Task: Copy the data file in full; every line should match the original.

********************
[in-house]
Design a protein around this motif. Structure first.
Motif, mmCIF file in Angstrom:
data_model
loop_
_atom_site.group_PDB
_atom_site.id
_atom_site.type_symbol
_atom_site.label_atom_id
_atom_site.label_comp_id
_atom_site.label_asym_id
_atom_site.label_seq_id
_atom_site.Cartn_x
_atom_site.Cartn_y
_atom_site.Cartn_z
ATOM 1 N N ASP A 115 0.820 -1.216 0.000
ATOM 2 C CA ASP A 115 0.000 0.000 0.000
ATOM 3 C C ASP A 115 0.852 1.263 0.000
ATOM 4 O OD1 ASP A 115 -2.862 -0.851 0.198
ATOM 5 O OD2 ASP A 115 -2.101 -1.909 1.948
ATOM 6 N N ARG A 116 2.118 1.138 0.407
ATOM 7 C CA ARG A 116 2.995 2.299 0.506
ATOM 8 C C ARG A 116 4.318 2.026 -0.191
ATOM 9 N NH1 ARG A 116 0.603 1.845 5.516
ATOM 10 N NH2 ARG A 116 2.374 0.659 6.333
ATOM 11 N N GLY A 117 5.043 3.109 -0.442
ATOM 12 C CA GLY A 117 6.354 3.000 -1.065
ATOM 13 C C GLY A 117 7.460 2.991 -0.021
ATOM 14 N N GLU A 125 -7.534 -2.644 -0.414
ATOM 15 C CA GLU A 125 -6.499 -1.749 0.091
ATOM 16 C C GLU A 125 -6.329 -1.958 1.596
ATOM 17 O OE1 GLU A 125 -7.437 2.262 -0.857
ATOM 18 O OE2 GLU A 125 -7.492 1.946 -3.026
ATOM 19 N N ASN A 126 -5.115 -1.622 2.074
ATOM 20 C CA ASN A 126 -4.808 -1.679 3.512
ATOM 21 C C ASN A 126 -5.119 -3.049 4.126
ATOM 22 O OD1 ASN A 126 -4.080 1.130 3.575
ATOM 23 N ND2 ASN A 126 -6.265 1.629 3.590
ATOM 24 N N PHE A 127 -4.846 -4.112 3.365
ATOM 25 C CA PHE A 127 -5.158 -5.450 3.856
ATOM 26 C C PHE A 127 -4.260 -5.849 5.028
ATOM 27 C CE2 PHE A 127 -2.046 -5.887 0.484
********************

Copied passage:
[in-house]
Design a protein around this motif. Structure first.
Motif, mmCIF file in Angstrom:
data_model
loop_
_atom_site.group_PDB
_atom_site.id
_atom_site.type_symbol
_atom_site.label_atom_id
_atom_site.label_comp_id
_atom_site.label_asym_id
_atom_site.label_seq_id
_atom_site.Cartn_x
_atom_site.Cartn_y
_atom_site.Cartn_z
ATOM 1 N N ASP A 115 0.820 -1.216 0.000
ATOM 2 C CA ASP A 115 0.000 0.000 0.000
ATOM 3 C C ASP A 115 0.852 1.263 0.000
ATOM 4 O OD1 ASP A 115 -2.862 -0.851 0.198
ATOM 5 O OD2 ASP A 115 -2.101 -1.909 1.948
ATOM 6 N N ARG A 116 2.118 1.138 0.407
ATOM 7 C CA ARG A 116 2.995 2.299 0.506
ATOM 8 C C ARG A 116 4.318 2.026 -0.191
ATOM 9 N NH1 ARG A 116 0.603 1.845 5.516
ATOM 10 N NH2 ARG A 116 2.374 0.659 6.333
ATOM 11 N N GLY A 117 5.043 3.109 -0.442
ATOM 12 C CA GLY A 117 6.354 3.000 -1.065
ATOM 13 C C GLY A 117 7.460 2.991 -0.021
ATOM 14 N N GLU A 125 -7.534 -2.644 -0.414
ATOM 15 C CA GLU A 125 -6.499 -1.749 0.091
ATOM 16 C C GLU A 125 -6.329 -1.958 1.596
ATOM 17 O OE1 GLU A 125 -7.437 2.262 -0.857
ATOM 18 O OE2 GLU A 125 -7.492 1.946 -3.026
ATOM 19 N N ASN A 126 -5.115 -1.622 2.074
ATOM 20 C CA ASN A 126 -4.808 -1.679 3.512
ATOM 21 C C ASN A 126 -5.119 -3.049 4.126
ATOM 22 O OD1 ASN A 126 -4.080 1.130 3.575
ATOM 23 N ND2 ASN A 126 -6.265 1.629 3.590
ATOM 24 N N PHE A 127 -4.846 -4.112 3.365
ATOM 25 C CA PHE A 127 -5.158 -5.450 3.856
ATOM 26 C C PHE A 127 -4.260 -5.849 5.028
ATOM 27 C CE2 PHE A 127 -2.046 -5.887 0.484